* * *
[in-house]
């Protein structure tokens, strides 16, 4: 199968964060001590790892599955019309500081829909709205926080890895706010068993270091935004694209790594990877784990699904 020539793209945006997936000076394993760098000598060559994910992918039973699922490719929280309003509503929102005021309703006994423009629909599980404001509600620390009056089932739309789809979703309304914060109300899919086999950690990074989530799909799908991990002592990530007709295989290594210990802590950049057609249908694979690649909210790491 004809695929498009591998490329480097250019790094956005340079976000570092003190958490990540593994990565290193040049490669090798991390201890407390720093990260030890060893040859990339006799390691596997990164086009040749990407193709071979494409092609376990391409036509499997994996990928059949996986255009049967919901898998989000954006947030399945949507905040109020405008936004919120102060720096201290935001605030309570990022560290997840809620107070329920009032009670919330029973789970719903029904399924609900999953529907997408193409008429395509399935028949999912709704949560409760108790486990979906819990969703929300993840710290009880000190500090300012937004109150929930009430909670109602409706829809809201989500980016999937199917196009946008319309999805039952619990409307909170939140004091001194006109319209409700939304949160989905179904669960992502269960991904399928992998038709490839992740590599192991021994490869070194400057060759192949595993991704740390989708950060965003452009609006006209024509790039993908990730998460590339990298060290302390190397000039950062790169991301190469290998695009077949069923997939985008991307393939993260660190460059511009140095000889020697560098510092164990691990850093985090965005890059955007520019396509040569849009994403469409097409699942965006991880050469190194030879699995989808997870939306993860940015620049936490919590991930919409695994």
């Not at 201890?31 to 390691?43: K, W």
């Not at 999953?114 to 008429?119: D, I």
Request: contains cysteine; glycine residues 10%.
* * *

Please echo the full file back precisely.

[in-house]
């Protein structure tokens, strides 16, 4: 199968964060001590790892599955019309500081829909709205926080890895706010068993270091935004694209790594990877784990699904 020539793209945006997936000076394993760098000598060559994910992918039973699922490719929280309003509503929102005021309703006994423009629909599980404001509600620390009056089932739309789809979703309304914060109300899919086999950690990074989530799909799908991990002592990530007709295989290594210990802590950049057609249908694979690649909210790491 004809695929498009591998490329480097250019790094956005340079976000570092003190958490990540593994990565290193040049490669090798991390201890407390720093990260030890060893040859990339006799390691596997990164086009040749990407193709071979494409092609376990391409036509499997994996990928059949996986255009049967919901898998989000954006947030399945949507905040109020405008936004919120102060720096201290935001605030309570990022560290997840809620107070329920009032009670919330029973789970719903029904399924609900999953529907997408193409008429395509399935028949999912709704949560409760108790486990979906819990969703929300993840710290009880000190500090300012937004109150929930009430909670109602409706829809809201989500980016999937199917196009946008319309999805039952619990409307909170939140004091001194006109319209409700939304949160989905179904669960992502269960991904399928992998038709490839992740590599192991021994490869070194400057060759192949595993991704740390989708950060965003452009609006006209024509790039993908990730998460590339990298060290302390190397000039950062790169991301190469290998695009077949069923997939985008991307393939993260660190460059511009140095000889020697560098510092164990691990850093985090965005890059955007520019396509040569849009994403469409097409699942965006991880050469190194030879699995989808997870939306993860940015620049936490919590991930919409695994």
């Not at 201890?31 to 390691?43: K, W």
């Not at 999953?114 to 008429?119: D, I």
Request: contains cysteine; glycine residues 10%.